The Board of Education will consider selecting a seventh member to fill the seat left vacant by State Senator Ben Allen (D-Santa Monica) at its meeting this Thursday.
Ten of the 11 candidates who submitted applications were deemed eligible by the Santa Monica-Malibu Unified School District — former Santa Monica High School baseball coach Kurt Schwengel would have to quit his teaching job to take the seat — and they will each be given 15 minutes to speak to the board in public.
The term on Allen’s vacant seat expires at the end of 2016.
At least four of the remaining six board members will have to agree on a candidate to fill that seat.
Three of the 10 applicants were losers in November’s election. This includes Ralph Mechur, who served on the board since 2007 and is considered one of the favorites to fill the seat.
Mechur was appointed the first time around and won his first election in 2010. He finished fifth in a race for four seats in November and is seeking another appointment.
Jon Kean, who’s currently the PTA President at Lincoln Middle School and previously served as the PTA President at Roosevelt Elementary, is on that list, as is Tom Larmore, an attorney and former partnerat Harding Larmore Kutcher & Kozal. In his application Larmore notes that he’s seeking appointment for a number of reasons, including the fact that he supports public education but sees the district losing students to private schools.
Jake Wachtel, who placed eighth out of eight candidates in the 2010 Ed Board race, pulling in just over 6,000 votes, is eligible for the seat. He has served as a PTA President at Grant Elementary and worked previously as a coach and a teacher.
Jennifer deNicola has been one of the most vocal advocates for the removal of PCBs from schools. DeNicola, a Malibu resident, speaks at many of the Ed Board meetings, calling for greater transparency surrounding the environmental and health concerns at Malibu High School.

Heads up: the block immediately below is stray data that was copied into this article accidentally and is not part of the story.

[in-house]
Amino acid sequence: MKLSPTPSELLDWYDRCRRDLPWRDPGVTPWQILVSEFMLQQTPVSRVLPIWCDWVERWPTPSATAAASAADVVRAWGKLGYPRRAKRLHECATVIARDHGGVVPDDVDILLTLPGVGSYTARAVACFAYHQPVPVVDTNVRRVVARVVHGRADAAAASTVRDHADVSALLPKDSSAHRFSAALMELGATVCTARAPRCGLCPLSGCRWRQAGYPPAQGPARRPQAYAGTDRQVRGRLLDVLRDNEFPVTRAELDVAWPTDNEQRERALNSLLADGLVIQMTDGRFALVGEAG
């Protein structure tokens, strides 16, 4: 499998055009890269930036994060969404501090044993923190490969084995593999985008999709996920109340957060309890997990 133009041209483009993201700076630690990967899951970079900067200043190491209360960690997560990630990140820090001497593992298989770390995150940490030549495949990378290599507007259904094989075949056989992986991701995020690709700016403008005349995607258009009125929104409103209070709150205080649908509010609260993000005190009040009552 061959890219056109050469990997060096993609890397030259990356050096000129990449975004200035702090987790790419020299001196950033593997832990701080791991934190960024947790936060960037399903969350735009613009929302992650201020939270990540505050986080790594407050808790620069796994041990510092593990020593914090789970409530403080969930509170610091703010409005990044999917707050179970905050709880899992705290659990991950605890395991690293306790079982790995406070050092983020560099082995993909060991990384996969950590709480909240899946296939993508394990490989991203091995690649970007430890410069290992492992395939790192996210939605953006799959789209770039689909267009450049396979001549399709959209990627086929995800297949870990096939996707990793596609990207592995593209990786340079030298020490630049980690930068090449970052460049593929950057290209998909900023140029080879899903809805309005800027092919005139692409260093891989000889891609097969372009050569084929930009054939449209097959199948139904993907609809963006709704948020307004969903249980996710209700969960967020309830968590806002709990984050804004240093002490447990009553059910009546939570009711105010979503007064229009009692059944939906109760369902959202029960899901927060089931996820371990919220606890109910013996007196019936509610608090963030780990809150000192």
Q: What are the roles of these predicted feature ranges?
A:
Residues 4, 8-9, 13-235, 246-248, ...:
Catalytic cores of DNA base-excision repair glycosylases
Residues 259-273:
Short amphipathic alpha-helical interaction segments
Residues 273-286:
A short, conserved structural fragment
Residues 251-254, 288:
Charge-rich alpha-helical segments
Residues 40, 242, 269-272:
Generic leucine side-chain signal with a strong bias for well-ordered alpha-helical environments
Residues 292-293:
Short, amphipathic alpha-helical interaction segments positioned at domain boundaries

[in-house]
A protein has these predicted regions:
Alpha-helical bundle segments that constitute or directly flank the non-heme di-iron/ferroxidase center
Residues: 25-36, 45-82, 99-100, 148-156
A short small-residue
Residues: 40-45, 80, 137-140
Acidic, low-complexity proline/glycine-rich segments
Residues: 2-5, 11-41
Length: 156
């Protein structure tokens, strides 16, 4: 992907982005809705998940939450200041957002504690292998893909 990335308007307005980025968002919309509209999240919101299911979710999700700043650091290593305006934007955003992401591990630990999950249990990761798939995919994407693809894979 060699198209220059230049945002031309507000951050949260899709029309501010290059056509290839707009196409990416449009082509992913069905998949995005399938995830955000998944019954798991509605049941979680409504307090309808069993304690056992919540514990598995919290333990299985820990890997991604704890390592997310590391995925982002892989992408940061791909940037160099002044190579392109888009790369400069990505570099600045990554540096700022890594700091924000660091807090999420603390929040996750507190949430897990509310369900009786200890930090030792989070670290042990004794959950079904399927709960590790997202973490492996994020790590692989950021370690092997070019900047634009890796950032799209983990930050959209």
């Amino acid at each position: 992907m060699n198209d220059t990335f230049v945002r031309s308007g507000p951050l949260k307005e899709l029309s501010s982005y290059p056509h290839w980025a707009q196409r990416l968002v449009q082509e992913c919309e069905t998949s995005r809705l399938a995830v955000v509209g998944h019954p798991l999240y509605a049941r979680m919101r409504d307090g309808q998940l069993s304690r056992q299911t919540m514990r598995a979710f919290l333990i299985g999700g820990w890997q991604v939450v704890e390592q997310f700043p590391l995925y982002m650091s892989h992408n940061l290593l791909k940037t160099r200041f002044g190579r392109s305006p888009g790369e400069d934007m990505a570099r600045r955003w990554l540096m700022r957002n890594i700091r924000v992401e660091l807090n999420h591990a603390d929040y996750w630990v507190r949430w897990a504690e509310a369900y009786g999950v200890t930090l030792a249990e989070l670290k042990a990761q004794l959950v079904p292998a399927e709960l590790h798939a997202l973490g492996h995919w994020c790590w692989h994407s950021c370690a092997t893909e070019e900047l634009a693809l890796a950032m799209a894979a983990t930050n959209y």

Larry Droeger, of the Los Angeles District Attorney’s Office, is applying for the open seat because he has two kids currently in the district and one who just graduated from Malibu High School.
David Hays, a Malibu resident, is the parent of two teenage students formerly in the district.
Sion Roy, a member of the Santa Monica Democratic Club’s executive committee, is eligible. He’s a cardiologist at Harbor UCLA and chairs the district’s Health and Safety advisory committee.
Dhun May, who placed seventh out of eight in November’s election, filed for the seat. She received 5,169 votes.
Patty Finer, who placed eighth in November’s election, submitted an application. She pulled in 5,148 votes.
Each candidate will be asked the same four questions and there will be no follow-up questions. This is, according to the district, to ensure impartiality.
They will have two minutes for an opening statement, two minutes for each of the four questions, and time for a “brief closing statement.”
Board members will have five minutes between each candidate to record their own notes.
After the interview process, the public will have a chance to speak and the board will have a chance to deliberate in open session.
Then board members will nominate candidates. Each board member will write his or her choice down on a piece of paper and a district official will read the votes aloud.
“If one of the nominees has received four or more votes, then the board will make a motion, second, and cast a verbal vote to appoint the applicant to fill the vacancy on the board,” district officials said in a report. “If none of the nominees receive four or more votes, the board members will begin the deliberation, nomination, and voting process over until one of the candidates has received four or more votes.”
If no one challenges the appointment through a petition within 30 days, the decision will be considered final.
If the decision were successfully challenged, it would go to a special election, which could cost the district hundreds of thousands or dollars.
The meeting will take place at the district’s administrative offices, at 1651 16th Street in Santa Monica. The public meeting is scheduled to begin at 5:30 p.m. on Thursday.